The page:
Owning in Mexico
Rights of ownership for real property in Mexico’s restricted zone
While the Mexican Constitution prohibits foreign ownership of real estate within its Restricted Zone (100 kilometers from international borders and 50 kilometers from coastlines), the country’s miles of pristine shoreline, endless summer and fabulous resort destinations, coupled with dramatic growth, provide the foreign visitor with a desirable investment opportunity. Recognizing the value of foreign investment in Los Cabos real estate, and in other restricted zone regions, in 1973 the Mexican government liberalized restrictions with the advent of the ‘fideicomiso’, or trust mechanism for ownership.
The legal system for foreign ownership of real estate
Modeled after a law successfully used in Monaco for decades, Mexico’s mechanism for establishing rights of ownership in the restricted zone for foreigners is the fideicomiso, or bank trust. This legal instrument, similar to an estate trust, allows the foreign trust beneficiary all the rights and privileges of fee simple ownership. The rights to build, lease, and sell and even to pass the rights on to a substitute beneficiary are all established in the terms of the trust agreement. A Mexican bank acts as trustee, taking direction from the buyer who is established as beneficiary of the trust. These secure, buyer-friendly revisions to the laws governing foreign investment in Mexico, have allowed thousands of sophisticated investors throughout the United States and Canada, to enjoy the rewards of Los Cabos real estate ownership in Mexico’s restricted zone.
The bank trust
The fideicomiso, or trust, mechanism for foreign ownership of real property in Mexico’s restricted zone, vests title to the property with a Mexican bank of the buyer’s choice. The bank acts in a fiduciary capacity as trustee, with the buyer as beneficiary to the trust. Beneficial rights to the property are recorded in the public registry by a Notario Publico (public notary), who is an attorney appointed by the state governor.
Terms of a bank trust
The Foreign Investment Law was amended in 1994 to allow bank trusts to be granted and extended in 50-year periods. Bank trusts may be perpetually renewed at any time, providing uninterrupted beneficial rights to usage of your property, thereby protecting both your Los Cabos real estate investment, and the ability to pass the asset on to your heirs.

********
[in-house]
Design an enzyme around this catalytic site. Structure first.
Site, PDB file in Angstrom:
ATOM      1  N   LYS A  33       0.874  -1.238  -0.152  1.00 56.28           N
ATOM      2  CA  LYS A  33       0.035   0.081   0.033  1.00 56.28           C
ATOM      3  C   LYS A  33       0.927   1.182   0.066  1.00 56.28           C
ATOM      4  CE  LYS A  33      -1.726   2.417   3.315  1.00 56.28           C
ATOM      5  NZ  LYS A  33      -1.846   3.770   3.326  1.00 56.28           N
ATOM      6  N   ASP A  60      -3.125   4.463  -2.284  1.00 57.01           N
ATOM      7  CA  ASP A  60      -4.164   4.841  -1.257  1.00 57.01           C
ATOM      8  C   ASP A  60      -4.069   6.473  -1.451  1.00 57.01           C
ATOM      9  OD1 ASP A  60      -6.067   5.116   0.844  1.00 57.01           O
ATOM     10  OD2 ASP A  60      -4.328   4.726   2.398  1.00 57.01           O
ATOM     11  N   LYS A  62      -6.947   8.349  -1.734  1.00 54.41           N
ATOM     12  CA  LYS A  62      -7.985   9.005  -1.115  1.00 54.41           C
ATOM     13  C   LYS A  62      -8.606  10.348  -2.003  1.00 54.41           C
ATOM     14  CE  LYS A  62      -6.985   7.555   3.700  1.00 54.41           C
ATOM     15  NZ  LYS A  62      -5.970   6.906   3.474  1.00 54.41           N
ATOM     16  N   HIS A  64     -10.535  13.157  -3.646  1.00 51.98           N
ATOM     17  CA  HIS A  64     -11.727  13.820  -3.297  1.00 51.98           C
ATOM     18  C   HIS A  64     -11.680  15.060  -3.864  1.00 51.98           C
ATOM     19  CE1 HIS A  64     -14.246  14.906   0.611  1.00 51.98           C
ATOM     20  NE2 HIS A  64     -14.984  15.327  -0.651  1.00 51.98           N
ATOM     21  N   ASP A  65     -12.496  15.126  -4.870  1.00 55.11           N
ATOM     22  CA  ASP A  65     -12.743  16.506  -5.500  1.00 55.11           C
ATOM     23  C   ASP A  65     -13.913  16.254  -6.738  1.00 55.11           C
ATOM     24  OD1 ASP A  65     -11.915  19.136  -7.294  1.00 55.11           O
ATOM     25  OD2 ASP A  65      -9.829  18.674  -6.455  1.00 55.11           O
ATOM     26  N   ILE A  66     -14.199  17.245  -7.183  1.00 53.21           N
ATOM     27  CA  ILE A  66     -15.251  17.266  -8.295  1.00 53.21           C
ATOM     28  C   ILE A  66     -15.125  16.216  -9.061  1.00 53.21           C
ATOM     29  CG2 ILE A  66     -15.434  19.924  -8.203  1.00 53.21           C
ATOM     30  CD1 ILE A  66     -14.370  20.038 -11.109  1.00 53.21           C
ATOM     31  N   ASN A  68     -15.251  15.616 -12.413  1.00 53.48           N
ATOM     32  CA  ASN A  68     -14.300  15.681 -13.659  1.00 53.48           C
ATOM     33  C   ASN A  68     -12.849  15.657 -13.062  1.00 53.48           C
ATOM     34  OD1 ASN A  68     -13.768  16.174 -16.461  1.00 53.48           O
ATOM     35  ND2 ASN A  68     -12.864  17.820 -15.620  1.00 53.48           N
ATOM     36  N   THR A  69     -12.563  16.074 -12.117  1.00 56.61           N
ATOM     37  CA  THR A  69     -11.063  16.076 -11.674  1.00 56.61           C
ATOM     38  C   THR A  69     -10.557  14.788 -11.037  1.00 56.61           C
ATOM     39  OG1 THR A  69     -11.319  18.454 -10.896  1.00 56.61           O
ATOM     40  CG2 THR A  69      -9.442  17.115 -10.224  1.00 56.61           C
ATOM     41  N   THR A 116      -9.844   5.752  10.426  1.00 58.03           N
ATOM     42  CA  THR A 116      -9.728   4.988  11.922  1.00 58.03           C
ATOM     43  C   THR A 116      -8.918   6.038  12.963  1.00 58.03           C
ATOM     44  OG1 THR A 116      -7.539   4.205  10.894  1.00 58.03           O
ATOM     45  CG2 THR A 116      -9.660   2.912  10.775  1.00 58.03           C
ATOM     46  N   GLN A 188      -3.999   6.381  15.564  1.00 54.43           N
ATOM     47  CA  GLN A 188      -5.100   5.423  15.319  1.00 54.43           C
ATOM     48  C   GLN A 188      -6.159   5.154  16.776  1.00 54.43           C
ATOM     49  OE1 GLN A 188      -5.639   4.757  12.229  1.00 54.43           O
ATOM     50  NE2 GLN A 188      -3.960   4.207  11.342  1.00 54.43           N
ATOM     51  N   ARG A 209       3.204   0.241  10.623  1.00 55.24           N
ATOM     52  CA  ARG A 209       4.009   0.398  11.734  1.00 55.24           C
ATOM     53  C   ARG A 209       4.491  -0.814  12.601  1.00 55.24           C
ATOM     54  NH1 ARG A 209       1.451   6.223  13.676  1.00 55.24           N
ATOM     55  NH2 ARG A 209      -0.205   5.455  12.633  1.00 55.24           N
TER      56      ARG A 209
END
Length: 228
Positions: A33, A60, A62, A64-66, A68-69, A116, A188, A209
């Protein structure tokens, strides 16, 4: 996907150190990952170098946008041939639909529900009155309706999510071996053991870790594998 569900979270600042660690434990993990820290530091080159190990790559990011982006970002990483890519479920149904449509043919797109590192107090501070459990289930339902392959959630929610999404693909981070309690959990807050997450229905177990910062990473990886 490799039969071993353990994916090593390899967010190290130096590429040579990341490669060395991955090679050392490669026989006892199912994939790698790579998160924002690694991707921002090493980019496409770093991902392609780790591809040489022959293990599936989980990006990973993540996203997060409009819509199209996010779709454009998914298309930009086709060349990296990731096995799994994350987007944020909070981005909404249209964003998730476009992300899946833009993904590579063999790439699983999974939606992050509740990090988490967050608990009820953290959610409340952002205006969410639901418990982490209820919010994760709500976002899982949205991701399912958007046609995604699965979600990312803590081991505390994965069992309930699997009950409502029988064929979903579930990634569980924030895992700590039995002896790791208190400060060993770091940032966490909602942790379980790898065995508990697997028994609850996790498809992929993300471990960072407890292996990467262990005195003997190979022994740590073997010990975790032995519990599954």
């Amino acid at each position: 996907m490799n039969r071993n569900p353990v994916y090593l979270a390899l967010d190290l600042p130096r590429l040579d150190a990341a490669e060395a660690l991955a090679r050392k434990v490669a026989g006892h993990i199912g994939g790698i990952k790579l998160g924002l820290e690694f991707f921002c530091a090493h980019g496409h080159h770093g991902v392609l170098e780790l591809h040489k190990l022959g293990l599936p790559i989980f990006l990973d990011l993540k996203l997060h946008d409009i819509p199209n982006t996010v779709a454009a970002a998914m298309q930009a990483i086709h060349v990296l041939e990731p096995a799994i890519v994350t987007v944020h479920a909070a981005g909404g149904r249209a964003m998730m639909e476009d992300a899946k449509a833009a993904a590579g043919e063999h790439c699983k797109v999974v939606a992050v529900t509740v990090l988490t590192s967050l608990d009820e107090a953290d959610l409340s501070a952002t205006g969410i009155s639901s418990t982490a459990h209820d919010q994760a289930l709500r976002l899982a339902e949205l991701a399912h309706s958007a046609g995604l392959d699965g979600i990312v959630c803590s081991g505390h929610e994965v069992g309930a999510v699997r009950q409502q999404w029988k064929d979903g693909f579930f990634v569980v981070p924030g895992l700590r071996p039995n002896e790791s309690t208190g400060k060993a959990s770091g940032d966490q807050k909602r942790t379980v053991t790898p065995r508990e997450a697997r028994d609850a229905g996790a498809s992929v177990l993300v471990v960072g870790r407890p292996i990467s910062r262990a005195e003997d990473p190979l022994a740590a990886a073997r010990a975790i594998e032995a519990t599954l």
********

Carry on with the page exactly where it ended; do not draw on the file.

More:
Cost to establish and maintain a trust
Toll Free from US 1 877 414 1121 / Toll Free from Canada 1 877 354 1993
From Los Cabos: (624) 142 5327
The function of the bank
The Trustee bank accepts full technical, legal and administrative responsibility for protecting your interests as the beneficiary. While the bank is the Trustee of the property, they have a statutory responsibility to execute your instructions regarding the property.
Your rights as a Beneficiary
As a foreign owner, you hold beneficial rights to your property as the deeded beneficiary of the bank trust (fideicomiso) inscribed in the Public Registry. Your property can be improved, leased for periods not to exceed ten years, or sold for full market value any time you choose. By law, your property is not an asset of the bank in this agreement. The bank is simply a trustee, operating in similar fashion to a living, or family trust in the U.S., or Canada.
Safeguarding Your Investment
When you opt to purchase or sell your real estate investment in Mexico, the Notario Publico (Public Notary), a specialized real estate attorney, appointed by the State governor, verifies appropriate documents and certifies legal transfer of the property. The Notary is also responsible for calculating and collecting payment of transfer taxes, capital gain taxes and property taxes. Additionally, at Club Campestre San Jose, a title search is in place and U.S. title insurance companies, such as Stewart Title, will provide optional title insurance policies to provide further confidence and insure your ownership rights.